In the 1950s and ‘60s, the term “brinkmanship” was used to describe the Cold War tactic of taking the nation to the brink of war in order to force concessions from the other side. The most famous example of this nuclear game of “chicken” was the Cuban Missile Crisis in 1962, when Kennedy and Khrushchev both threatened to go to war over the Soviet deployment of missiles in Cuba. Brinkmanship was effective, but it was pretty tough on the nation’s nerves.
I grew up in that era, and remember how the nation chewed its fingernails as Russian ships loaded with missiles approached the U.S. naval blockade of Cuba, wondering whether the Cold War was about to turn hot.
I had flashbacks to that era in recent days as a Russian warship sailed to confront the U.S. naval destroyers that had fired tomahawk missiles at a Syrian airbase, and a U.S. armada of warships and submarines sailed towards North Korea, which was expected to do “something big” — like undertake a nuclear test or ICBM launch — to celebrate the birthday of its founder, Kim Il Sung, on April 15.
It all began when President Trump authorized the firing of 59 Tomahawk missiles at a Syrian airbase used to launch a chemical attack that killed scores of women and children in a village friendly to rebel forces fighting the regime of Syrian dictator Bashar al-Assad. It is not clear whether this was an impulsive act by Trump, who had been moved by video of dead and dying children who were victims of sarin gas, or a carefully calculated move to intimidate our geopolitical rivals. Perhaps it was a combination of both. But either way, it was a clear proclamation that the U.S. is embarking on a new era in foreign policy.
For the past eight years, we’ve followed a foreign policy that President Obama called “leading from behind.” What this amounted to was that at the first sign of a military conflict, the United States would run to the rear and extoll our allies to fight the bullies, telling them “we’ve got your back.”
The Tomahawk strike authorized by Trump was initially conceived by our military to enforce the now infamous “red line” President Obama drew after Assad used chemical weapons against civilians back in 2013. Obama then refused to enforce the policy out of fear the Iranians would back out of the nuclear limitation talks going on at that time.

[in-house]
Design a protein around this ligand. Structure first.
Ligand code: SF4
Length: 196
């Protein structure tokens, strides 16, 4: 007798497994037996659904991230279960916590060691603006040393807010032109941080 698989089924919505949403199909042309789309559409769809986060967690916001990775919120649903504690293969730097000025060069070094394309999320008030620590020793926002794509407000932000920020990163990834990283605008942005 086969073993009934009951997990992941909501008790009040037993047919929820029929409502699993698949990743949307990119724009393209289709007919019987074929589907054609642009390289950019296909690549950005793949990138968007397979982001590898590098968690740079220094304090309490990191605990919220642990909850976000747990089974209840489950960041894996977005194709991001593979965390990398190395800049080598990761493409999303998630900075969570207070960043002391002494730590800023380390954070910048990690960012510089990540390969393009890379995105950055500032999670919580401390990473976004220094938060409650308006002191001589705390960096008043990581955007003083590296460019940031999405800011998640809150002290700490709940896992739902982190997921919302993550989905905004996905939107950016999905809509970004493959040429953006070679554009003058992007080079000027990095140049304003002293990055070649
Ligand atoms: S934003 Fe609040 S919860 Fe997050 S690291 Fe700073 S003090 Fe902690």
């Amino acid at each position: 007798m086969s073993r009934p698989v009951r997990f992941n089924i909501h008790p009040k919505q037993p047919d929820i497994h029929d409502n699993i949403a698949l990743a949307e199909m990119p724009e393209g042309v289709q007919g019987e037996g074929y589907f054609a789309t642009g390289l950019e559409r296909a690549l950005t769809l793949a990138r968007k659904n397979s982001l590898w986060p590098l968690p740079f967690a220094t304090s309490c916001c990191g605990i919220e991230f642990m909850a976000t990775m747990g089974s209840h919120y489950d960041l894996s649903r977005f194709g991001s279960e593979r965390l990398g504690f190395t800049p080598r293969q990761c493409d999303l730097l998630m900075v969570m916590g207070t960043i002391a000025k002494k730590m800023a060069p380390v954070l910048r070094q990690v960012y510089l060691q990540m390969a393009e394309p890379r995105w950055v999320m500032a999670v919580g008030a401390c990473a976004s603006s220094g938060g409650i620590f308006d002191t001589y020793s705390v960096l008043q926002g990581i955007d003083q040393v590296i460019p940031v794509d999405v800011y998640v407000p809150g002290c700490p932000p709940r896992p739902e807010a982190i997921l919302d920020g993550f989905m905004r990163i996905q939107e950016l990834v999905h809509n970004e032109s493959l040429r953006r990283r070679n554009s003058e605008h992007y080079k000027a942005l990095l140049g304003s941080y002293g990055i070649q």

Brinkmanship and “red lines” don’t work if the other side doesn’t perceive one’s threats to be credible. Donald Trump doesn’t have that problem: if you read the world press, you see that much of the world, including some of our close allies, consider our new president to be a loose cannon, or worse, a thin-skinned egomaniac. Trump has actually cultivated this image by keeping his military strategy secret while taking no options off the table, saying repeatedly that he does not want our antagonists to know what he will do next. You can add the American public to the list of those kept in the dark.
As our Tomahawk missiles slammed into the Syrian airbase, President Trump was hosting a dinner party for Chinese premier Xi Jinping at his Mar-a-Lago resort. The meeting between the two leaders was to center on trade relations, and it was expected to be testy and difficult as, during his campaign, Trump had accused China of “raping” America, and repeatedly vowed to name Beijing a currency manipulator and impose a 45-percent tariff on Chinese imports.
But that didn’t happen. What started amid fears of “a new Cold War with China” ended with talk of an alliance with China to denuclearize North Korea.
Apparently what brought about this sudden and unexpected shift in U.S.-China relations was that Trump, the consummate deal-maker, offered the Chinese a deal they couldn’t refuse: better trade relations in return for cooperation against North Korea. Or perhaps it was the other way around. The Chinese care far more about economic growth than they do about North Korea’s lunatic dictator Kim Jung-un. Aware of the worsening relations between the U.S. and Russia, they seized the opportunity to get a better trade deal.
Either way, following their meeting, Trump promptly declared that China was not a currency manipulator after all, and China announced that North Korea’s nuclear program cannot be allowed to continue.
The American public, including many Democrats and even anti-Trump Republicans, has been generally very supportive of Trump’s strike against Syria: a poll by the Pew Foundation found that 77 percent of Republicans support the strike along with 45 percent of Democrats. This is a clear rejection of Obama’s “leading from behind” tactics. But what does it mean for our overall foreign policy strategy?
Recently, there was speculation that in the Trump administration, China would be our number one geo-political foe, and there was fear and consternation that Trump was in cahoots with Putin and the Russian oligarchs. Today, everything seems to have turned upside down. Never-Trumpers like Mitt Romney, John McCain and Lindsey Graham are praising Trump for his decisive action and trust in our military leaders.
But it remains to be seen how Trump’s core supporters will react amid rumors of a rift between Trump advisor Steve Bannon and Trump’s son-in-law Jared Kushner. Did President Trump just trade off his trade protectionist policies towards China for the denuclearizing of North Korea? If so, how will this play in those Trump strongholds where workers have been losing their jobs to cheap Chinese imports?
Stay tuned. The roller coaster ride isn’t over.